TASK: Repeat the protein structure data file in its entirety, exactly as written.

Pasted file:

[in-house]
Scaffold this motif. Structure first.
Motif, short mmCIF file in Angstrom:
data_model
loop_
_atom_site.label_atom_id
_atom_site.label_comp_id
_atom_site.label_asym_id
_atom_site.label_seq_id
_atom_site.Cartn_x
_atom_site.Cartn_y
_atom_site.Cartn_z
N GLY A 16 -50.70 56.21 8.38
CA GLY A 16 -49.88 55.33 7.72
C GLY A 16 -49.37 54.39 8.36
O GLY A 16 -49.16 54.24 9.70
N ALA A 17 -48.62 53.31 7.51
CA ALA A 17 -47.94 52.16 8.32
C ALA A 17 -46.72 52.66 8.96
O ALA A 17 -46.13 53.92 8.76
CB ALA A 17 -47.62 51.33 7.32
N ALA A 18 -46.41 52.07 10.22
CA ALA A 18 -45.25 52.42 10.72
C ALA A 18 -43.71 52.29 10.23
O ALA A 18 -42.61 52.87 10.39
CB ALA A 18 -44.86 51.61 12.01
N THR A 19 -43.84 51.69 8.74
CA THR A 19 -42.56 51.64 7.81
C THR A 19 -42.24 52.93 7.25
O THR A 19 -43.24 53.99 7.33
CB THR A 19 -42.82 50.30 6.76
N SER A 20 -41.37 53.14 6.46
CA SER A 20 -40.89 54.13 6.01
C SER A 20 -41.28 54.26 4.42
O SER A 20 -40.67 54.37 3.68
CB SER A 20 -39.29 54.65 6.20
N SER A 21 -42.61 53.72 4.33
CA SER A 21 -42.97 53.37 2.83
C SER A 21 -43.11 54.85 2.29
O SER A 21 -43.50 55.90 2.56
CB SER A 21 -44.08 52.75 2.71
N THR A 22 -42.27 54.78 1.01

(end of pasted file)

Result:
[in-house]
Scaffold this motif. Structure first.
Motif, short mmCIF file in Angstrom:
data_model
loop_
_atom_site.label_atom_id
_atom_site.label_comp_id
_atom_site.label_asym_id
_atom_site.label_seq_id
_atom_site.Cartn_x
_atom_site.Cartn_y
_atom_site.Cartn_z
N GLY A 16 -50.70 56.21 8.38
CA GLY A 16 -49.88 55.33 7.72
C GLY A 16 -49.37 54.39 8.36
O GLY A 16 -49.16 54.24 9.70
N ALA A 17 -48.62 53.31 7.51
CA ALA A 17 -47.94 52.16 8.32
C ALA A 17 -46.72 52.66 8.96
O ALA A 17 -46.13 53.92 8.76
CB ALA A 17 -47.62 51.33 7.32
N ALA A 18 -46.41 52.07 10.22
CA ALA A 18 -45.25 52.42 10.72
C ALA A 18 -43.71 52.29 10.23
O ALA A 18 -42.61 52.87 10.39
CB ALA A 18 -44.86 51.61 12.01
N THR A 19 -43.84 51.69 8.74
CA THR A 19 -42.56 51.64 7.81
C THR A 19 -42.24 52.93 7.25
O THR A 19 -43.24 53.99 7.33
CB THR A 19 -42.82 50.30 6.76
N SER A 20 -41.37 53.14 6.46
CA SER A 20 -40.89 54.13 6.01
C SER A 20 -41.28 54.26 4.42
O SER A 20 -40.67 54.37 3.68
CB SER A 20 -39.29 54.65 6.20
N SER A 21 -42.61 53.72 4.33
CA SER A 21 -42.97 53.37 2.83
C SER A 21 -43.11 54.85 2.29
O SER A 21 -43.50 55.90 2.56
CB SER A 21 -44.08 52.75 2.71
N THR A 22 -42.27 54.78 1.01